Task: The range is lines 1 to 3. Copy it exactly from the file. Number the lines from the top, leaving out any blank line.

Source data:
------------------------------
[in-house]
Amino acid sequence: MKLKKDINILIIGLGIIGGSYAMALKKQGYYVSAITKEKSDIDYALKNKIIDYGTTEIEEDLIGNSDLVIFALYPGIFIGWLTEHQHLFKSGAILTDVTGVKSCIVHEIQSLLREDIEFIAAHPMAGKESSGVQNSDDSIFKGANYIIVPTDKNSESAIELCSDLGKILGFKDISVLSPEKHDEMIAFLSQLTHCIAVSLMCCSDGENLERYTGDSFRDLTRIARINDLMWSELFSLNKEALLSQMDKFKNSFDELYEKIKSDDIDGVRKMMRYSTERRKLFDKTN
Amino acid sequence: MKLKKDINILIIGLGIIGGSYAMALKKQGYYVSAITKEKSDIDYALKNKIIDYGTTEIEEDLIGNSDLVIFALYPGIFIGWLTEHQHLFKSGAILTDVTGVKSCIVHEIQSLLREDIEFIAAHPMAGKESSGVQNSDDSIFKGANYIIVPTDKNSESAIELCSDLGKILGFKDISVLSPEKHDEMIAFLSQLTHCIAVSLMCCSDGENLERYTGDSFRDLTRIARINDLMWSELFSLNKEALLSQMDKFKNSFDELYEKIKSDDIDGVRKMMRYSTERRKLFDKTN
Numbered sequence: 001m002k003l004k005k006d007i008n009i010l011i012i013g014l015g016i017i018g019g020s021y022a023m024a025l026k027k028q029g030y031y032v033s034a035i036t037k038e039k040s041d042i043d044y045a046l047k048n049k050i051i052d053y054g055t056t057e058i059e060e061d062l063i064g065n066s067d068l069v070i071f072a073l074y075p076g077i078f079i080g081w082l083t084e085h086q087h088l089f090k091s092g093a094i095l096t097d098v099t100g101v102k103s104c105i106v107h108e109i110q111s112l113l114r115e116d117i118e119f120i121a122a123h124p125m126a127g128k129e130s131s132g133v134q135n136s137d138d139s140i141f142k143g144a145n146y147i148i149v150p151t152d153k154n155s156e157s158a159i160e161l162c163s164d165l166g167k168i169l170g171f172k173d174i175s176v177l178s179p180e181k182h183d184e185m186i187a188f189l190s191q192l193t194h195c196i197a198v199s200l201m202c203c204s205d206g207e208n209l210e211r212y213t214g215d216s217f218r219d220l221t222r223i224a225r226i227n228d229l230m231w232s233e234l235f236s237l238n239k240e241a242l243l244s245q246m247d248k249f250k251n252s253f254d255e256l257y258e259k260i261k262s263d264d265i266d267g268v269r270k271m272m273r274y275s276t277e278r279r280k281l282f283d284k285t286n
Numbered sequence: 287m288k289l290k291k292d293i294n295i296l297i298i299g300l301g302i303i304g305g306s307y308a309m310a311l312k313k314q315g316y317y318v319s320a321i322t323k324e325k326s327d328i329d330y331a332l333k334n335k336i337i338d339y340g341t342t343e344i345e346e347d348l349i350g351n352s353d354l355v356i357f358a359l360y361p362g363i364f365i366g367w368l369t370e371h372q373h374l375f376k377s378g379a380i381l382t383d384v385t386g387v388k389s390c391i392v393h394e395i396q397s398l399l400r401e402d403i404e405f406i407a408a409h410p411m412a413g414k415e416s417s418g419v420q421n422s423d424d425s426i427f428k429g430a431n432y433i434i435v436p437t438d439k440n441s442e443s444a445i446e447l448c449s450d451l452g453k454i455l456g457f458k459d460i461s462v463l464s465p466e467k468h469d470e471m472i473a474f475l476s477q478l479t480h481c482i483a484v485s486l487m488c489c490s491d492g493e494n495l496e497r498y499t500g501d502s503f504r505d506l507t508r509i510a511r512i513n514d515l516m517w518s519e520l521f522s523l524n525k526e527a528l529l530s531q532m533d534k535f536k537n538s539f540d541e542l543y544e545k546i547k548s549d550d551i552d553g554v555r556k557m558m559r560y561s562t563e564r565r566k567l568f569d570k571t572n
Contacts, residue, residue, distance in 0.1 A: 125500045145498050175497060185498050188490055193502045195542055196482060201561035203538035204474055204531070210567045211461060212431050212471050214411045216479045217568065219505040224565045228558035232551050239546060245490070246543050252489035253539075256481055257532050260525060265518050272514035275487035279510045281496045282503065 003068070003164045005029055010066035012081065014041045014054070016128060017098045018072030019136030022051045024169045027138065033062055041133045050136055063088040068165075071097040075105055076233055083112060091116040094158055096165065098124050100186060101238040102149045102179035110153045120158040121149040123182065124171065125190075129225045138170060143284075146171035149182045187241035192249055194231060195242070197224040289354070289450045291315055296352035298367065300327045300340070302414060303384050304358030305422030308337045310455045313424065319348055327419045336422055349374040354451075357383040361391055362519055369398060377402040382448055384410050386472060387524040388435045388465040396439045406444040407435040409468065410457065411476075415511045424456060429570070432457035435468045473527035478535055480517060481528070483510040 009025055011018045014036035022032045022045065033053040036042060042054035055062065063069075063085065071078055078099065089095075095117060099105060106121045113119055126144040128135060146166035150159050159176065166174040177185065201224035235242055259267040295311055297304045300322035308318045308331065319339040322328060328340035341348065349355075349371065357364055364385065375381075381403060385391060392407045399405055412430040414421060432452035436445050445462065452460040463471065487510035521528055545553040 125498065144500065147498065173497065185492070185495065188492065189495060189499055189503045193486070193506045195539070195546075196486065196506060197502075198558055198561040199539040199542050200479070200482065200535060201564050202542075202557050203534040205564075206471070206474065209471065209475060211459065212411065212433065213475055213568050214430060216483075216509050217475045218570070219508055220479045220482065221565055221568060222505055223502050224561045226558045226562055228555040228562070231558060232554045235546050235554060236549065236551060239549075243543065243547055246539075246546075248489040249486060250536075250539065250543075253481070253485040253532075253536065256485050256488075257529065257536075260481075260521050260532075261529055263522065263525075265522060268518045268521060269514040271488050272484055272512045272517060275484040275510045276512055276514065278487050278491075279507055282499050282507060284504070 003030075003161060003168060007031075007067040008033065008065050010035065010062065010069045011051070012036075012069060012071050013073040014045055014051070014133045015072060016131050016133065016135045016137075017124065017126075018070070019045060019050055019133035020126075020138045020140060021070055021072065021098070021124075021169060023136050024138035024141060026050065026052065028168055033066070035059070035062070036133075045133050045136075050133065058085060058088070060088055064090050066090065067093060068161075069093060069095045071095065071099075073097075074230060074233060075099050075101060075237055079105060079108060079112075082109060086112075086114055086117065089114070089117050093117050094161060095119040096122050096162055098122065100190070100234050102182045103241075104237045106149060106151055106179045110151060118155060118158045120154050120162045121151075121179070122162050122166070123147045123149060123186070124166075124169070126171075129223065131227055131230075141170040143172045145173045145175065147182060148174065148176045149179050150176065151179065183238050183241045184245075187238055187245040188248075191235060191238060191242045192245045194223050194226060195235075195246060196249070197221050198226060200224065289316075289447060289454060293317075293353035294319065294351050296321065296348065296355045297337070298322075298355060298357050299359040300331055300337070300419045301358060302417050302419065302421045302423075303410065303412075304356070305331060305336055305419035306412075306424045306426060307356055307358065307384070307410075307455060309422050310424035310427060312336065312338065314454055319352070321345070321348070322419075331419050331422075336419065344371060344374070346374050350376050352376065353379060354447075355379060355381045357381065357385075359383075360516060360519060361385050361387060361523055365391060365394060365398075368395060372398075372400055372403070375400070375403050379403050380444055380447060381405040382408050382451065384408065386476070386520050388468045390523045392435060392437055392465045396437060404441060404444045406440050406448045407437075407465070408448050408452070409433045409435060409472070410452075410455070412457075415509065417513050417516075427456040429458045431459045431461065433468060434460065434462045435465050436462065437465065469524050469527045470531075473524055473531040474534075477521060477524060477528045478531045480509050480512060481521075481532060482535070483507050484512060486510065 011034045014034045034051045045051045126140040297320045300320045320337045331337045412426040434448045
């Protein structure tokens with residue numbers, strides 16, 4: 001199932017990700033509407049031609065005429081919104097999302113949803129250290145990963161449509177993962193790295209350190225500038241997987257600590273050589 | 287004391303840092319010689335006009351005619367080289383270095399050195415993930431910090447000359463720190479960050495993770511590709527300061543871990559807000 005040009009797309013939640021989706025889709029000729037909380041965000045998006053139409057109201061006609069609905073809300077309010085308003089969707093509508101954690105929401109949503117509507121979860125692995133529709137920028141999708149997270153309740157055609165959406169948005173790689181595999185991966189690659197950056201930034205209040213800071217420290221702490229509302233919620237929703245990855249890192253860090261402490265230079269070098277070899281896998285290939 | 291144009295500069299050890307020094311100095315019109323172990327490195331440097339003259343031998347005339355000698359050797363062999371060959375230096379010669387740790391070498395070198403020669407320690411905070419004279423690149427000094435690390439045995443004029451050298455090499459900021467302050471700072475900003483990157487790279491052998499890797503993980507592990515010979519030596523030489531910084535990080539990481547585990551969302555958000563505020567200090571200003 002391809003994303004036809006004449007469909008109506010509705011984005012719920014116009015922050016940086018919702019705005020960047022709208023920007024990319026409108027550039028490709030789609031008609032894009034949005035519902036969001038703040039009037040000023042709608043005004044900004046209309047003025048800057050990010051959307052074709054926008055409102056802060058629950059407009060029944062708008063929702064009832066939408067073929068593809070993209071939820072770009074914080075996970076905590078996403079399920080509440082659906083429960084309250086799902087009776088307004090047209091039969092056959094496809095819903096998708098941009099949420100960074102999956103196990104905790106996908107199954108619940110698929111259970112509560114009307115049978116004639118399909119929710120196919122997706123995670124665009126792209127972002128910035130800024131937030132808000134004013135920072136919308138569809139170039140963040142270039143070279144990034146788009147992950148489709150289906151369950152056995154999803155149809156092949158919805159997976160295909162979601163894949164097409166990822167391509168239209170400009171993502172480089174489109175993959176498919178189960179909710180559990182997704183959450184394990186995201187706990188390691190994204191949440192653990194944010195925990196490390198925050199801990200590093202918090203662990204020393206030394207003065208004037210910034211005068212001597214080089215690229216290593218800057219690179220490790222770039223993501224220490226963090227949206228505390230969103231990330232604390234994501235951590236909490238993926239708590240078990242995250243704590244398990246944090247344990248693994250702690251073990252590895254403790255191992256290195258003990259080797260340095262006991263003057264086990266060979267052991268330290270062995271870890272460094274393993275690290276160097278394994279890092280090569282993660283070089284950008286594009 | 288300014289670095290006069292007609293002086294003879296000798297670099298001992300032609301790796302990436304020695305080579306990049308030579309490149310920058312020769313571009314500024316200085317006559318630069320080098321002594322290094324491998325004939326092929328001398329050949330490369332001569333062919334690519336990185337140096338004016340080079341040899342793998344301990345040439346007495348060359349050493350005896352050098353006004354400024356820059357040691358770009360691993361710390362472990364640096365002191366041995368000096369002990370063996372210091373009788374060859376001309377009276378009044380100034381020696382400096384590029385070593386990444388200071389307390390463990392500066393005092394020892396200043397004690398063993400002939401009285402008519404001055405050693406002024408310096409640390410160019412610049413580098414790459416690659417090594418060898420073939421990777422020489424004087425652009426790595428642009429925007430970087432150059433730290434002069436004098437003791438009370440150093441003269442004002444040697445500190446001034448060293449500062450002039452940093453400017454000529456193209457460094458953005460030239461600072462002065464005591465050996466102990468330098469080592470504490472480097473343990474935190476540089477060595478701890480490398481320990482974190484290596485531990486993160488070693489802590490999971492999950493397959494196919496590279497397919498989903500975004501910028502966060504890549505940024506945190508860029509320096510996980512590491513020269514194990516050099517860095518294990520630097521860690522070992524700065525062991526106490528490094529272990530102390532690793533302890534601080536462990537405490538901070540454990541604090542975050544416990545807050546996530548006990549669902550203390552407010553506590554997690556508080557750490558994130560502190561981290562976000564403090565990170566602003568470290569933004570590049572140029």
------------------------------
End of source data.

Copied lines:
[in-house]
Amino acid sequence: MKLKKDINILIIGLGIIGGSYAMALKKQGYYVSAITKEKSDIDYALKNKIIDYGTTEIEEDLIGNSDLVIFALYPGIFIGWLTEHQHLFKSGAILTDVTGVKSCIVHEIQSLLREDIEFIAAHPMAGKESSGVQNSDDSIFKGANYIIVPTDKNSESAIELCSDLGKILGFKDISVLSPEKHDEMIAFLSQLTHCIAVSLMCCSDGENLERYTGDSFRDLTRIARINDLMWSELFSLNKEALLSQMDKFKNSFDELYEKIKSDDIDGVRKMMRYSTERRKLFDKTN
Amino acid sequence: MKLKKDINILIIGLGIIGGSYAMALKKQGYYVSAITKEKSDIDYALKNKIIDYGTTEIEEDLIGNSDLVIFALYPGIFIGWLTEHQHLFKSGAILTDVTGVKSCIVHEIQSLLREDIEFIAAHPMAGKESSGVQNSDDSIFKGANYIIVPTDKNSESAIELCSDLGKILGFKDISVLSPEKHDEMIAFLSQLTHCIAVSLMCCSDGENLERYTGDSFRDLTRIARINDLMWSELFSLNKEALLSQMDKFKNSFDELYEKIKSDDIDGVRKMMRYSTERRKLFDKTN